Balancing your emotions during unstable times


By Dr Zoe Wainer, Head of Public Health at Bupa.

As the coronavirus disease 2019 (COVID-19) situation evolves in Australia and around the world, the majority of us have felt the impact on our daily lives.You might find yourself:

  • struggling to get your shopping done in busier supermarkets,
  • juggling work and childcare at home,
  • worrying about keeping personal finances stable as markets experience volatility, or
  • becoming more distracted and fixated on the news and social media.

All these factors can have a major impact on your mental health. Living with uncertainty and changing everyday habits in a short space of time often creates stress, so balance your emotions by finding peace of mind while still enjoying good things in life.

A small amount of stress is normal, but when negative thoughts and worry start to interfere with your ability to function, it’s important to act and seek help.

Talk to your GP, or for urgent support contact Lifeline on 13 11 14 in Australia and 0800 543 354 in New Zealand

There are also a few simple things you can do at home to help manage mild to moderate stress:

  1. Connect with people: Check in with loved ones and friends and ask them how they are holding up. Offering your support can help maintain a sense of community, which is essential for combatting feelings of loneliness and helplessness.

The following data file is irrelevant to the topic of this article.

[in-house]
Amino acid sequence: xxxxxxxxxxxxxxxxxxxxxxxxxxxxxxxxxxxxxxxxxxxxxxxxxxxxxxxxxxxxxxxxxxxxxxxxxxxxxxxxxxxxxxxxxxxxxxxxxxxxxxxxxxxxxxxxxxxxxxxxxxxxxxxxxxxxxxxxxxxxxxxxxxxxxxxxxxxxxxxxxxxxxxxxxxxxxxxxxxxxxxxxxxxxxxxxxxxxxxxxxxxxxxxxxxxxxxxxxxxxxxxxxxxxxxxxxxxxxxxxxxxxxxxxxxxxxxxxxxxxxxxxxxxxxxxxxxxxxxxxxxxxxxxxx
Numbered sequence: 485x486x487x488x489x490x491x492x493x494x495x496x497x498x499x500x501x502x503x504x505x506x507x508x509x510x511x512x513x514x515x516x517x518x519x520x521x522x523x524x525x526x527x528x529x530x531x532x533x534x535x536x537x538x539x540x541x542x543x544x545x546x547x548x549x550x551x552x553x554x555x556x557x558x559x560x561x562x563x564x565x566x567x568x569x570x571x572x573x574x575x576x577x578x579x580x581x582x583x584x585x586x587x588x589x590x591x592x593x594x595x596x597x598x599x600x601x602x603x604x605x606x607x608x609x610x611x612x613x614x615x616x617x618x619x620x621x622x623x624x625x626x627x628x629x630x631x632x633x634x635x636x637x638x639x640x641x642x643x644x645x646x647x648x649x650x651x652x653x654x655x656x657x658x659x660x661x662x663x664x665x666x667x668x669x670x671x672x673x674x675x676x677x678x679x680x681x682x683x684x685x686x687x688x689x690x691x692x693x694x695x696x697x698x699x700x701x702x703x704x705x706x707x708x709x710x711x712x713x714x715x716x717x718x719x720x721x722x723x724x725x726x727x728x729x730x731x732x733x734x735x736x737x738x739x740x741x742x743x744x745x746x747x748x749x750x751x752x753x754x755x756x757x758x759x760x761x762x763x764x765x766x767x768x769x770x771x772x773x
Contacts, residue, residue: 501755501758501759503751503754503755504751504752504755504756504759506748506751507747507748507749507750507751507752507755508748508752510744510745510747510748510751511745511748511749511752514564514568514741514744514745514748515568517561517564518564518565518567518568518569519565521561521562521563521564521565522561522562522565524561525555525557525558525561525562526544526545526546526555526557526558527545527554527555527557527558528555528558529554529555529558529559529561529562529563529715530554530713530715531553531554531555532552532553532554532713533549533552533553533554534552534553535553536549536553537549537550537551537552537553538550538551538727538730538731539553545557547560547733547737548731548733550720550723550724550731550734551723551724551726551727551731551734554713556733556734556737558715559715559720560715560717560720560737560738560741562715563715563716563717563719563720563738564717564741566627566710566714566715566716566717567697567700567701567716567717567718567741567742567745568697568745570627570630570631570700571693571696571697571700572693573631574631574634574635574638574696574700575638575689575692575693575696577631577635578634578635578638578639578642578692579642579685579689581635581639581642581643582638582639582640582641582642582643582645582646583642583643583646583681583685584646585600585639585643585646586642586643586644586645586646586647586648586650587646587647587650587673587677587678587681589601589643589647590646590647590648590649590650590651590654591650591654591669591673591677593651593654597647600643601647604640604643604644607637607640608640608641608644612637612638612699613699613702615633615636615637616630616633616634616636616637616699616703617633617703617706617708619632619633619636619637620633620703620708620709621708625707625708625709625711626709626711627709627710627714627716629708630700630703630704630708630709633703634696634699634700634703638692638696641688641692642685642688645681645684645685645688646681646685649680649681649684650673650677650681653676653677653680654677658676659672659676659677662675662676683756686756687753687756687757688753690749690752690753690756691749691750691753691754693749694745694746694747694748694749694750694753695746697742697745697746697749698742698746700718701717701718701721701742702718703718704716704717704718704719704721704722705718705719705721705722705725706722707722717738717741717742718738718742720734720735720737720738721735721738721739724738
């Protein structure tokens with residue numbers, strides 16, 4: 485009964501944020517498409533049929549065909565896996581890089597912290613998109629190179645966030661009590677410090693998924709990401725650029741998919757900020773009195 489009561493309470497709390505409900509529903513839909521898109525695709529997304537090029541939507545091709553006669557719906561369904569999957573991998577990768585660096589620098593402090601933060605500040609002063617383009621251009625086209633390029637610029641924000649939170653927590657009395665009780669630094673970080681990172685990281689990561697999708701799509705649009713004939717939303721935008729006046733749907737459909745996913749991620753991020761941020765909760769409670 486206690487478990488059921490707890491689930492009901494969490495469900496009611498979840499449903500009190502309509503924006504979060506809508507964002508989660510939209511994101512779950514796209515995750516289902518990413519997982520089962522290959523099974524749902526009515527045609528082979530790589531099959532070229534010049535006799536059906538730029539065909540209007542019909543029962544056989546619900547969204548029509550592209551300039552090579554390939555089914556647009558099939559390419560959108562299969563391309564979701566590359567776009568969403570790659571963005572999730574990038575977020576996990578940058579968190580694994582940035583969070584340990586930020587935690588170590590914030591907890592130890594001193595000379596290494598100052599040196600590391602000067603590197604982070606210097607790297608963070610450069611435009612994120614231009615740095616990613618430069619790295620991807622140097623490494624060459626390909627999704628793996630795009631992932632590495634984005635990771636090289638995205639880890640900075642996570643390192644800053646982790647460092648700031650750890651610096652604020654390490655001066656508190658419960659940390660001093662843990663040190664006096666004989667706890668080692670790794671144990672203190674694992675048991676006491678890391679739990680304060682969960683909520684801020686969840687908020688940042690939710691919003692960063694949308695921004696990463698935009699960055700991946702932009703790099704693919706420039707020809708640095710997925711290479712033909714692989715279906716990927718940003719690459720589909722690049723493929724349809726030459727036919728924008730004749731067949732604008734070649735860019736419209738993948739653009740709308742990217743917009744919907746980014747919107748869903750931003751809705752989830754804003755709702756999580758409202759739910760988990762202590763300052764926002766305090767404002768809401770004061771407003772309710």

2. Limit your media intake: Don’t get sucked into the 24/7 news cycle and focus on being present when spending time with family or friends. That way you can address any concerns they might have and help shift the focus from fear to fun.
  3. Open up to new experiences: Just because there are limitations on what you can do in the outside world, it doesn’t mean new experiences are off-limits. You can still develop a green thumb in the backyard, engage in online yoga or even learn how to play a new board game. The wellbeing benefits of shifting your focus from negative messages can make a big difference.
  4. Practice good mind and body hygiene: The constant focus on handwashing or sanitising can be overwhelming. You can make a positive out of the situation by taking the time to think of something you appreciate in your life each time you clean your hands. Some parents are even making-up fun songs to sing with their kids during hand-washing time.
  5. Don’t let things spiral: If you feel you are struggling to manage your emotions safely, make sure you consult a GP or qualified health professional who can provide you with some intervention options. Your mental health is just as important as your physical health.

It’s completely normal to feel anxious at this time, but by practising kindness and self-care you give yourself the best chance of making it through with a healthy mind and body.

Helpful resources

Beyond Blue – 1300 22 4636

Kids Helpline –1800 55 1800

Lifeline 24hr counselling —13 11 14

Suicide Call Back Service –1300 659 467

1800 RESPECT Domestic Violence support –1800 737 732


  • American Psychological Association. Coronavirus anxiety. [Online] 2020 [Accessed 19 March 2020] Available from: www.apa.org

  • Australian Psychological Society. Tips for coping with coronavirus anxiety. [Online] 2020 [Accessed 19 March 2020] Available from: www.psychology.org.au

  • Beyond Blue. Looking after yourself during the coronavirus update. [Online] 2020 [Accessed 19 March 2020] Available from: www.beyondblue.org.au

  • Centre for Disease Control and Prevention. Mental health and coping during COVID-19. [Online] 2020 [Accessed 19 March 2020] Available from: www.cdc.gov

  • World Health Organization. Coronavirus disease (COVID-19) outbreak. [Online] 2020 [Accessed 19 March 2020] Available from: www.who.int